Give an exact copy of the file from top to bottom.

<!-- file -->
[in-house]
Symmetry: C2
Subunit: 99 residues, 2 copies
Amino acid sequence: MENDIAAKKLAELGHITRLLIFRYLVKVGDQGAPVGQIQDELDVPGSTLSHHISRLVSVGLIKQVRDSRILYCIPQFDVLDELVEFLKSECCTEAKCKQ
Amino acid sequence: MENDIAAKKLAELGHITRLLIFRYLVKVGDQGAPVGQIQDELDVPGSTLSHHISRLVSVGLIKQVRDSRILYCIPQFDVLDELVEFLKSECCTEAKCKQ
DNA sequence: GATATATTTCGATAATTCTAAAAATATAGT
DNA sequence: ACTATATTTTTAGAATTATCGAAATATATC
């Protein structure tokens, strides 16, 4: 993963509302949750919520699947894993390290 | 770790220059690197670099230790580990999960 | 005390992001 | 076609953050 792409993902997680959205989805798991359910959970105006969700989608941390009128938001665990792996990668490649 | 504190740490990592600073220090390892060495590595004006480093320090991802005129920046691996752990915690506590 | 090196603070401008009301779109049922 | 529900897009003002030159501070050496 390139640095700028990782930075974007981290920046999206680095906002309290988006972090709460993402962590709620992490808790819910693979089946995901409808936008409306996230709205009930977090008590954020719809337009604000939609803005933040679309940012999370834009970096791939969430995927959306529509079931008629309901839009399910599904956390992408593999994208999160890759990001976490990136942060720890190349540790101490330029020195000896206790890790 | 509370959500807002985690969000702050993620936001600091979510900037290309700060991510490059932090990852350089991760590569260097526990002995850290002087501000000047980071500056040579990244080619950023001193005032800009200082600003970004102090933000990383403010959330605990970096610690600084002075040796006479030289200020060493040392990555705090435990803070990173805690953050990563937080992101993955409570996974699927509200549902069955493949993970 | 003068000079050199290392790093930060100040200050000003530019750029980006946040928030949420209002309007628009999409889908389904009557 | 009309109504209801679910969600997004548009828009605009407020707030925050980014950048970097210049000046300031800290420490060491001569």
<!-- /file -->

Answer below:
[in-house]
Symmetry: C2
Subunit: 99 residues, 2 copies
Amino acid sequence: MENDIAAKKLAELGHITRLLIFRYLVKVGDQGAPVGQIQDELDVPGSTLSHHISRLVSVGLIKQVRDSRILYCIPQFDVLDELVEFLKSECCTEAKCKQ
Amino acid sequence: MENDIAAKKLAELGHITRLLIFRYLVKVGDQGAPVGQIQDELDVPGSTLSHHISRLVSVGLIKQVRDSRILYCIPQFDVLDELVEFLKSECCTEAKCKQ
DNA sequence: GATATATTTCGATAATTCTAAAAATATAGT
DNA sequence: ACTATATTTTTAGAATTATCGAAATATATC
């Protein structure tokens, strides 16, 4: 993963509302949750919520699947894993390290 | 770790220059690197670099230790580990999960 | 005390992001 | 076609953050 792409993902997680959205989805798991359910959970105006969700989608941390009128938001665990792996990668490649 | 504190740490990592600073220090390892060495590595004006480093320090991802005129920046691996752990915690506590 | 090196603070401008009301779109049922 | 529900897009003002030159501070050496 390139640095700028990782930075974007981290920046999206680095906002309290988006972090709460993402962590709620992490808790819910693979089946995901409808936008409306996230709205009930977090008590954020719809337009604000939609803005933040679309940012999370834009970096791939969430995927959306529509079931008629309901839009399910599904956390992408593999994208999160890759990001976490990136942060720890190349540790101490330029020195000896206790890790 | 509370959500807002985690969000702050993620936001600091979510900037290309700060991510490059932090990852350089991760590569260097526990002995850290002087501000000047980071500056040579990244080619950023001193005032800009200082600003970004102090933000990383403010959330605990970096610690600084002075040796006479030289200020060493040392990555705090435990803070990173805690953050990563937080992101993955409570996974699927509200549902069955493949993970 | 003068000079050199290392790093930060100040200050000003530019750029980006946040928030949420209002309007628009999409889908389904009557 | 009309109504209801679910969600997004548009828009605009407020707030925050980014950048970097210049000046300031800290420490060491001569």